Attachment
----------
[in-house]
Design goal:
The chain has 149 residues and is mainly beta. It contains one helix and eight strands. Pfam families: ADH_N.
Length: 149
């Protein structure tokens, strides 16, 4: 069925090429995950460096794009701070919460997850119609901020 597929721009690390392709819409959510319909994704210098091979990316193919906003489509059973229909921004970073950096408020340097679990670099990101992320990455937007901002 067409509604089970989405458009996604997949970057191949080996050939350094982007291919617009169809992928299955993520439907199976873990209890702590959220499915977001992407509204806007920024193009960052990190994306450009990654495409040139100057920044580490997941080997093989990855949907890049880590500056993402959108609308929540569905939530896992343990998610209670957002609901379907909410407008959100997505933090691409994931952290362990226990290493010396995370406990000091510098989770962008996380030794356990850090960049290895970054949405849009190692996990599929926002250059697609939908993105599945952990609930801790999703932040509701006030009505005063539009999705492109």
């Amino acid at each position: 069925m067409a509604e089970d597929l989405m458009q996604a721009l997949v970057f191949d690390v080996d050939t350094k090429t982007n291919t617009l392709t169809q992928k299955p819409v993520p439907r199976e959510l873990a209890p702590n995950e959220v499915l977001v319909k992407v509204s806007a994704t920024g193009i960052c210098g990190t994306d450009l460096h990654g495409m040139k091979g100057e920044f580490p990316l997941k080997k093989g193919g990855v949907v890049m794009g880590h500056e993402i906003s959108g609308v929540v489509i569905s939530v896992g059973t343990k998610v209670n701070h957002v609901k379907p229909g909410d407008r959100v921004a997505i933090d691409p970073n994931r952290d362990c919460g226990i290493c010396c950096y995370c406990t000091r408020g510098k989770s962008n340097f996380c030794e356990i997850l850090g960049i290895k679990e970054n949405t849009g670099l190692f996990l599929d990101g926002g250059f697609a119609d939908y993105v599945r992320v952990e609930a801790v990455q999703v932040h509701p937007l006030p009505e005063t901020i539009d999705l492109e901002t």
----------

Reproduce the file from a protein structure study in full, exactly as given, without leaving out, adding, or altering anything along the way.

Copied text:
[in-house]
Design goal:
The chain has 149 residues and is mainly beta. It contains one helix and eight strands. Pfam families: ADH_N.
Length: 149
């Protein structure tokens, strides 16, 4: 069925090429995950460096794009701070919460997850119609901020 597929721009690390392709819409959510319909994704210098091979990316193919906003489509059973229909921004970073950096408020340097679990670099990101992320990455937007901002 067409509604089970989405458009996604997949970057191949080996050939350094982007291919617009169809992928299955993520439907199976873990209890702590959220499915977001992407509204806007920024193009960052990190994306450009990654495409040139100057920044580490997941080997093989990855949907890049880590500056993402959108609308929540569905939530896992343990998610209670957002609901379907909410407008959100997505933090691409994931952290362990226990290493010396995370406990000091510098989770962008996380030794356990850090960049290895970054949405849009190692996990599929926002250059697609939908993105599945952990609930801790999703932040509701006030009505005063539009999705492109």
């Amino acid at each position: 069925m067409a509604e089970d597929l989405m458009q996604a721009l997949v970057f191949d690390v080996d050939t350094k090429t982007n291919t617009l392709t169809q992928k299955p819409v993520p439907r199976e959510l873990a209890p702590n995950e959220v499915l977001v319909k992407v509204s806007a994704t920024g193009i960052c210098g990190t994306d450009l460096h990654g495409m040139k091979g100057e920044f580490p990316l997941k080997k093989g193919g990855v949907v890049m794009g880590h500056e993402i906003s959108g609308v929540v489509i569905s939530v896992g059973t343990k998610v209670n701070h957002v609901k379907p229909g909410d407008r959100v921004a997505i933090d691409p970073n994931r952290d362990c919460g226990i290493c010396c950096y995370c406990t000091r408020g510098k989770s962008n340097f996380c030794e356990i997850l850090g960049i290895k679990e970054n949405t849009g670099l190692f996990l599929d990101g926002g250059f697609a119609d939908y993105v599945r992320v952990e609930a801790v990455q999703v932040h509701p937007l006030p009505e005063t901020i539009d999705l492109e901002t």